Thursday, May 23, 2024

New Information About Angioedema

There are a variety of medical conditions that can physically affect your body and cause pain. Some of these types of conditions are related to allergic reactions and can cause life-threatening complications if not diagnosed promptly. One type of allergic reaction you might have is angioedema and it can be very embarrassing.


What is Angioedema?

Angioedema refers to a type of swelling which is very similar in nature to hives, and it is an allergic reaction that happens beneath the skin. The main difference between angioedema and hives is that angioedema refers to swelling which is beneath the skin, and hives are on the surface of the skin. The main symptom of angioedema is swelling beneath the surface of the skin, and it will appear very rapidly. Sometimes hives or swelling can be seen on the surface of the skin as a secondary allergic reaction. People who suffer from angioedema will see swelling usually around the lips or eyes but it can also occur on the hands, feet or throat. In the areas where the swelling occurs, it might look like a line or be more sporadic. If you develop welts, you will notice that they are very itchy and often very painful. The welts can also swell and turn pale if you irritate the area. Abdominal cramps, swollen eyes or mouth and swelling near the lining of the eyes are also common. Since this is an allergic reaction, you might have trouble breathing or feel like your throat is closing.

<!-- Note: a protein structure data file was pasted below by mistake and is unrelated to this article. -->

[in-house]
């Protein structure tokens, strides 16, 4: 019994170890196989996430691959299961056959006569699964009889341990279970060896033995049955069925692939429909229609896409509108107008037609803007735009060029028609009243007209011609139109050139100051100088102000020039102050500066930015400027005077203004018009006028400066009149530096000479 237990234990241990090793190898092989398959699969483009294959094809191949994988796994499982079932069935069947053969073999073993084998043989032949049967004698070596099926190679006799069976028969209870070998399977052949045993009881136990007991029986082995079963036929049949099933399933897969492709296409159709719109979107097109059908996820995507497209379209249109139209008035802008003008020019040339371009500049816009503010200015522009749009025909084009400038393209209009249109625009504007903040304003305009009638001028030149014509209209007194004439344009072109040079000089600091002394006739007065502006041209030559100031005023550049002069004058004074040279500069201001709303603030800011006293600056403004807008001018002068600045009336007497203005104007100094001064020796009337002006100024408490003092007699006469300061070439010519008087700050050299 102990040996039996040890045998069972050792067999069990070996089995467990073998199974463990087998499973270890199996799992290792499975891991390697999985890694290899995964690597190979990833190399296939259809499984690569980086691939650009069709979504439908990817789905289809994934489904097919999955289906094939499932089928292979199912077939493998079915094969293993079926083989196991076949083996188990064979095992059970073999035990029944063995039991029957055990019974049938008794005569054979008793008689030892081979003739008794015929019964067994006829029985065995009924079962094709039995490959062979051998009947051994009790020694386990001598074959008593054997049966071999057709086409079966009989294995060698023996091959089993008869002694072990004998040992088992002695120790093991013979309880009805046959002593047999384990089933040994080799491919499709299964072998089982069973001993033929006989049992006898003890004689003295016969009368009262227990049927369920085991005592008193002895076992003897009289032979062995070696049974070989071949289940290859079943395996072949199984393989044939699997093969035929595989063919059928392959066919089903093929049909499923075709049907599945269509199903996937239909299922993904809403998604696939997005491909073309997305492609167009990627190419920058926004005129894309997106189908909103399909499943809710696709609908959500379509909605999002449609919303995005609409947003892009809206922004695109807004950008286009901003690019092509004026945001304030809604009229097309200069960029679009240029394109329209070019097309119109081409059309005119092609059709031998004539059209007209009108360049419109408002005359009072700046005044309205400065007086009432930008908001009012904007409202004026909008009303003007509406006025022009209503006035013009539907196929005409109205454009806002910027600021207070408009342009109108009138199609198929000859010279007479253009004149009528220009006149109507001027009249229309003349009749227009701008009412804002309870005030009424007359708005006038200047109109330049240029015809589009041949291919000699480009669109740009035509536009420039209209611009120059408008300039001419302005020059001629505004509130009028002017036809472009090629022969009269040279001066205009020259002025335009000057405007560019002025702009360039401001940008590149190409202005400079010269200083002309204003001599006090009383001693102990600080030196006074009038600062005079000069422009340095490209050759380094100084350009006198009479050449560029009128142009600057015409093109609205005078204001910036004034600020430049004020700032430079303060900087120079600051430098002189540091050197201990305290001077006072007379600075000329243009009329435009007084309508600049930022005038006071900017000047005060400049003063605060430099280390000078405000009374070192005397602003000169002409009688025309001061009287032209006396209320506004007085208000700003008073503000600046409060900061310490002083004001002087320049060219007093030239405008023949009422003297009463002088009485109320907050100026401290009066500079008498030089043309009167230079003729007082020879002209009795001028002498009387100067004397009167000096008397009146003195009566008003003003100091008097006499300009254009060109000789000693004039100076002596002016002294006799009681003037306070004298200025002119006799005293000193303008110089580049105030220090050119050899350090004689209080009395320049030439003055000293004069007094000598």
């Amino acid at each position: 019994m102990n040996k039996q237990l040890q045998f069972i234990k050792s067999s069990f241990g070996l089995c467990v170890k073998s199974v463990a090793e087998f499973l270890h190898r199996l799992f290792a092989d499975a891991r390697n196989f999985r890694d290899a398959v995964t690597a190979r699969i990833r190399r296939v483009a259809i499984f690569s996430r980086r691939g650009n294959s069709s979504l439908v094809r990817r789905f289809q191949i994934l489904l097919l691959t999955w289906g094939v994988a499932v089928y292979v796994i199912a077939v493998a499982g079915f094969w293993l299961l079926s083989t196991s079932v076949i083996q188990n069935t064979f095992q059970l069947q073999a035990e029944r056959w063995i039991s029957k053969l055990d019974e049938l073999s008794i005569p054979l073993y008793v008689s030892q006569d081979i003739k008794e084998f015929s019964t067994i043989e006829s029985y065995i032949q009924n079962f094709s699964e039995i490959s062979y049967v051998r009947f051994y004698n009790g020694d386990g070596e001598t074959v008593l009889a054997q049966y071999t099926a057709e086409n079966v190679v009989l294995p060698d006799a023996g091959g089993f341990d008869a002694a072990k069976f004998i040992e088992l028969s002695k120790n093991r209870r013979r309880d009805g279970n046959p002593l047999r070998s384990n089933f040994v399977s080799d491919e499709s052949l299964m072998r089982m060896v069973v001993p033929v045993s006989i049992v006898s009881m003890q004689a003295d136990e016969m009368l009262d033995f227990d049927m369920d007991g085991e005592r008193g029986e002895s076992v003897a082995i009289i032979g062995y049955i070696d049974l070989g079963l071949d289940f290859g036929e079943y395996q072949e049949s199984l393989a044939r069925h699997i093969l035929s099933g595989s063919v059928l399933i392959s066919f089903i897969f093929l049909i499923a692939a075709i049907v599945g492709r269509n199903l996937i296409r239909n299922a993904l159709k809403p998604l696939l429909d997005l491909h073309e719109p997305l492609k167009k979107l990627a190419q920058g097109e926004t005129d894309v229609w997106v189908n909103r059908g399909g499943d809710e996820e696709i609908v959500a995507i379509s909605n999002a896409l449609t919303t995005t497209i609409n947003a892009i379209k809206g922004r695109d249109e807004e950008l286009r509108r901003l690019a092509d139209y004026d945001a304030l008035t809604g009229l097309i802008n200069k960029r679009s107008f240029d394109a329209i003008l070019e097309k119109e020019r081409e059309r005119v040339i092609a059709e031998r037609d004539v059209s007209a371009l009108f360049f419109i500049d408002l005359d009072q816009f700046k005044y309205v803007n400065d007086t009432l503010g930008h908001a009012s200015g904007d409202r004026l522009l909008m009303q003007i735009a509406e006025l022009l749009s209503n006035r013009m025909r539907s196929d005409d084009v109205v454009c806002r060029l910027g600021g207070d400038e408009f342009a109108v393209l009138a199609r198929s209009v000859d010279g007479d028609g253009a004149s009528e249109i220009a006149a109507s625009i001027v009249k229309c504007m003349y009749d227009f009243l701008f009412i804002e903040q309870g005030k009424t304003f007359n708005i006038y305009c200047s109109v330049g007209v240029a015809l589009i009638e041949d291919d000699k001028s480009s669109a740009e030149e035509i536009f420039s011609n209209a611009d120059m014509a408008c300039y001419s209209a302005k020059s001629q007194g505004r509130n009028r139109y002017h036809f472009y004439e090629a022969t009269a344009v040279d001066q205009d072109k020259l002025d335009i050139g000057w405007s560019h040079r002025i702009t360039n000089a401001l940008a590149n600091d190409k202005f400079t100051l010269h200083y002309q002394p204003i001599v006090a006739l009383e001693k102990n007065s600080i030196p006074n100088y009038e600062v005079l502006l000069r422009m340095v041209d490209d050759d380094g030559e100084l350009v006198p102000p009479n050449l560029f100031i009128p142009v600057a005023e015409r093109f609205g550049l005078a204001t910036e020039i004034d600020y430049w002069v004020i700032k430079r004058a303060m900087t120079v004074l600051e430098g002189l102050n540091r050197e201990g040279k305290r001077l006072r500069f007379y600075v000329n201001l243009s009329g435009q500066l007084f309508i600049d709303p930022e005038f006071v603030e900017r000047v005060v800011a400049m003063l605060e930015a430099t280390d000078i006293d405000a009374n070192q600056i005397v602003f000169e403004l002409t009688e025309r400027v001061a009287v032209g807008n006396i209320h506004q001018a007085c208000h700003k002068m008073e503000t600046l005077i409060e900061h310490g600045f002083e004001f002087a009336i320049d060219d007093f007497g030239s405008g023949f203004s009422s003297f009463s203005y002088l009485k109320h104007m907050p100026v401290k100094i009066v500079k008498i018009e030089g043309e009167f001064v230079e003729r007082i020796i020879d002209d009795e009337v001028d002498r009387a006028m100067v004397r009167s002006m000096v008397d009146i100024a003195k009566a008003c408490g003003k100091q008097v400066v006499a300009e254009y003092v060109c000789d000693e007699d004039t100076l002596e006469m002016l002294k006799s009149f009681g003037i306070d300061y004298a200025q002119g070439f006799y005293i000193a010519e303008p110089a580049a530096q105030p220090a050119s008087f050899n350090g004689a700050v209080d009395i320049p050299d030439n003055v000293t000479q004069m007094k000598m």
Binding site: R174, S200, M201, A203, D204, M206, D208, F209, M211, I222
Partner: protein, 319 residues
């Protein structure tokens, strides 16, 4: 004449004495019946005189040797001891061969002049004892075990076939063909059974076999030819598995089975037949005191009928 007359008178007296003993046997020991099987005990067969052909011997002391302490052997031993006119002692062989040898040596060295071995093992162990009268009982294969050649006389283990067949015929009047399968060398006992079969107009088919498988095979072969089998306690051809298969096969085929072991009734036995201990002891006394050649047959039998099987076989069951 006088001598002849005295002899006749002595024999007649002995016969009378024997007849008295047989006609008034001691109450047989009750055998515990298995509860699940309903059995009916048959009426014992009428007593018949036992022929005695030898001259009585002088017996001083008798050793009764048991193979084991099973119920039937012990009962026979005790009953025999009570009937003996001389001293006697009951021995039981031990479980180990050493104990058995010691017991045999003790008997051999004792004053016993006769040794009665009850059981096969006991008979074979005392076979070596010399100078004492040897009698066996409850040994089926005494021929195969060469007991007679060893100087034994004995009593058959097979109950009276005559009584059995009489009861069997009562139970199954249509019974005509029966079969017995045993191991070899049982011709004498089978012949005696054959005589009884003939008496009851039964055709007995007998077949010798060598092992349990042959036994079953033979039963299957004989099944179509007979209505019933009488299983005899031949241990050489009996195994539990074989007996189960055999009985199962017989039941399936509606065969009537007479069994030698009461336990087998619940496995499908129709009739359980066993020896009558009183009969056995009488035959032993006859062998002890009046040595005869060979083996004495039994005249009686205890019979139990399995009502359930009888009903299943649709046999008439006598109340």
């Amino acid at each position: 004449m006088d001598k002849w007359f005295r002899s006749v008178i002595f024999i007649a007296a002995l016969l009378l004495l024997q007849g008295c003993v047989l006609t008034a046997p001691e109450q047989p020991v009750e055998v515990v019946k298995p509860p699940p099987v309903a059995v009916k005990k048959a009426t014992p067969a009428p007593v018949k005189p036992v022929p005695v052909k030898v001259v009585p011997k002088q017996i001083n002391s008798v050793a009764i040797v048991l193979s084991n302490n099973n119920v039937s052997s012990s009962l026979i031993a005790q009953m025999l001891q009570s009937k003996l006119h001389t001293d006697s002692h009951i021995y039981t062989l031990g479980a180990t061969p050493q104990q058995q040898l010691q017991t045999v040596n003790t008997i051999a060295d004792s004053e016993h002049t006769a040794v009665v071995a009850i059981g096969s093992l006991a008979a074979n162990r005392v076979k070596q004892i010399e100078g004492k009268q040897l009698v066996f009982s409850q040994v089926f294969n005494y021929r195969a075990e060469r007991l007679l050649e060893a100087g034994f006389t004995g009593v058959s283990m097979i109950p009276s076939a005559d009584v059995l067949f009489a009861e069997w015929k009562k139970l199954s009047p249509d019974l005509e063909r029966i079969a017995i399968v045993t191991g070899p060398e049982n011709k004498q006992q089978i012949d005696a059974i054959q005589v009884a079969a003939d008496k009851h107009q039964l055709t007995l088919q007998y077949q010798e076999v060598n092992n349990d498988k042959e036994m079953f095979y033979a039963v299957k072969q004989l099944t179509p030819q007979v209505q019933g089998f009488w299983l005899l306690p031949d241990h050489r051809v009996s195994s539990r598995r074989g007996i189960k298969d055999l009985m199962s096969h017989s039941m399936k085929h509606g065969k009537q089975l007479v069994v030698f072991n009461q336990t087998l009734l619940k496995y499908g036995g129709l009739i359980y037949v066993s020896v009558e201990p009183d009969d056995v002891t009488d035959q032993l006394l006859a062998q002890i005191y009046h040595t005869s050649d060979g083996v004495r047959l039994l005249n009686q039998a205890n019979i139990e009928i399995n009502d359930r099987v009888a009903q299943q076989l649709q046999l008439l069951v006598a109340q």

There are a variety of causes that could contribute to angioedema, specifically various allergens. When you are having an allergic reaction, histamine and other chemicals are released into the bloodstream. The histamine is important because it tells your body that there is a foreign substance invading it. Some of the most common allergens include insect bites, animal dander, foods, medications and pollen. You might also be having an allergic reaction to water, sunlight, or even hot and cold weather. Infections and other illnesses might also be the cause of the angioedema. Autoimmune disorders including lymphoma or lupus often can be associated with the condition. Sometimes the cause of angioedema is never found, in which case it can complicate diagnosis and treatment.

Angioedema Tests

In order to get a confirmed diagnosis of angioedema, you will need to see your doctor immediately so appropriate testing can be performed. The doctor will take a look at the swelling and the skin around it, and will give you a complete physical examination. It is important to tell the doctor if you have been around any irritants such as going outside for an extended period of time or if you just got a new pet. Anything that you think could help the doctor determine whether or not you are suffering from angioedema due to an allergy is important. Abnormal sounds might be detected through the physical examination if your throat is one of the affected areas, which can help the doctor diagnose angioedema. The doctor might also perform a blood test or allergy test if it seems relevant to help confirm the diagnosis.